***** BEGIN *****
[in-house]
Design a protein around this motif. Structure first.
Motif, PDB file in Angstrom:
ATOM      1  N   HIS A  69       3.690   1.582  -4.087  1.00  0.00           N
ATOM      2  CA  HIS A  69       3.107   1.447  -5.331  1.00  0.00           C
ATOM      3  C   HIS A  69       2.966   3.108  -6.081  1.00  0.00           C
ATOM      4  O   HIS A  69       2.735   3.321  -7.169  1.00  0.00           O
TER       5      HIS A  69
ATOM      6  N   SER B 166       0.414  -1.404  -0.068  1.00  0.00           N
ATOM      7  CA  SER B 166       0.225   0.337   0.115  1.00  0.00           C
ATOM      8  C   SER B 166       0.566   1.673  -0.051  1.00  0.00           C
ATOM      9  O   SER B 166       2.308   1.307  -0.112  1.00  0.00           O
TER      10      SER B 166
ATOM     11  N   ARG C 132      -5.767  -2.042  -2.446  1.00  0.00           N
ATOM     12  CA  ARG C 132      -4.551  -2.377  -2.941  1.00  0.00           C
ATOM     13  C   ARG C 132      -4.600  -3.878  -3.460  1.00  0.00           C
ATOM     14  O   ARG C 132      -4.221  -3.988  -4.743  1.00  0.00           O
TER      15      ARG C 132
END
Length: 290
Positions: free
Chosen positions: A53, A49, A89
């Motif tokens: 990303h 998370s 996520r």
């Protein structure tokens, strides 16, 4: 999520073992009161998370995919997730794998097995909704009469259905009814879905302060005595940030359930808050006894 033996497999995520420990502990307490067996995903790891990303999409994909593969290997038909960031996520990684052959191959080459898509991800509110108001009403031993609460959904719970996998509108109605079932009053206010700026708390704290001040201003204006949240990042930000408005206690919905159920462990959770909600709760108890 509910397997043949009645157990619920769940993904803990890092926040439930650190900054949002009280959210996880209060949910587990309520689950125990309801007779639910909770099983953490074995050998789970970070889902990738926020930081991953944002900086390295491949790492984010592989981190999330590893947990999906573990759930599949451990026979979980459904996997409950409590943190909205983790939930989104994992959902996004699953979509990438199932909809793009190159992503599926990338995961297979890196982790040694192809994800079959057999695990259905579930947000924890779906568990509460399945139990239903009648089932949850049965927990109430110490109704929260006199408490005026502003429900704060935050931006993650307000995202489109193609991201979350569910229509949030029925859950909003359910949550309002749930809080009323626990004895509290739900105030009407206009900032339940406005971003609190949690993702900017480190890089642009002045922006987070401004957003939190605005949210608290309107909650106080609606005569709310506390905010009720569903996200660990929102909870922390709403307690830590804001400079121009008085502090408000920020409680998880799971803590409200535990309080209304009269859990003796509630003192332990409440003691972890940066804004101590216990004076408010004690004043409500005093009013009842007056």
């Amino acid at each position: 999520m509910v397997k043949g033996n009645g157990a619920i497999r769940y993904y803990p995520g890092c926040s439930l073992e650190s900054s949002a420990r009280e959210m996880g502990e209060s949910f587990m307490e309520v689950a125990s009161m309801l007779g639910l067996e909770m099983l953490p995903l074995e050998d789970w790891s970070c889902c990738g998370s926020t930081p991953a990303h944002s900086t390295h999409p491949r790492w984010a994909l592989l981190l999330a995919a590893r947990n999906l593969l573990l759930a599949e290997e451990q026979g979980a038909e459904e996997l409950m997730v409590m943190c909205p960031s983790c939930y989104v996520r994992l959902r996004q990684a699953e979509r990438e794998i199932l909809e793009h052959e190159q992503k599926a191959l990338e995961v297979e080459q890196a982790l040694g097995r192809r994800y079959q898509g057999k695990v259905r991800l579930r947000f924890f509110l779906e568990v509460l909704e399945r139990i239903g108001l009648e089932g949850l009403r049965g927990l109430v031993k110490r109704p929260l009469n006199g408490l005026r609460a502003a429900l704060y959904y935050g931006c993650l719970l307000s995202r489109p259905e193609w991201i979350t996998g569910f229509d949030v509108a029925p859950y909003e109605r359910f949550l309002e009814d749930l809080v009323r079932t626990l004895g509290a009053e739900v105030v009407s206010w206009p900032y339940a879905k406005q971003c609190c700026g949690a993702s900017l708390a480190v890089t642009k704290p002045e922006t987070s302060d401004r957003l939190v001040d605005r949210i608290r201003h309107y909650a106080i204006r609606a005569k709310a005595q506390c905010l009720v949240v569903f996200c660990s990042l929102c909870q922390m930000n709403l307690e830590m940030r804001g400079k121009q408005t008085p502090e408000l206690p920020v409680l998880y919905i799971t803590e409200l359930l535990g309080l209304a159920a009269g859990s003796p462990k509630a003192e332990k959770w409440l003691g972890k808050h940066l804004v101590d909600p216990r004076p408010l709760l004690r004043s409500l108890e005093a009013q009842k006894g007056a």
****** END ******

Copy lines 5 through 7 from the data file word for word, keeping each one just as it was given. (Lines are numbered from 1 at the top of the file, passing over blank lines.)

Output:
ATOM      2  CA  HIS A  69       3.107   1.447  -5.331  1.00  0.00           C
ATOM      3  C   HIS A  69       2.966   3.108  -6.081  1.00  0.00           C
ATOM      4  O   HIS A  69       2.735   3.321  -7.169  1.00  0.00           O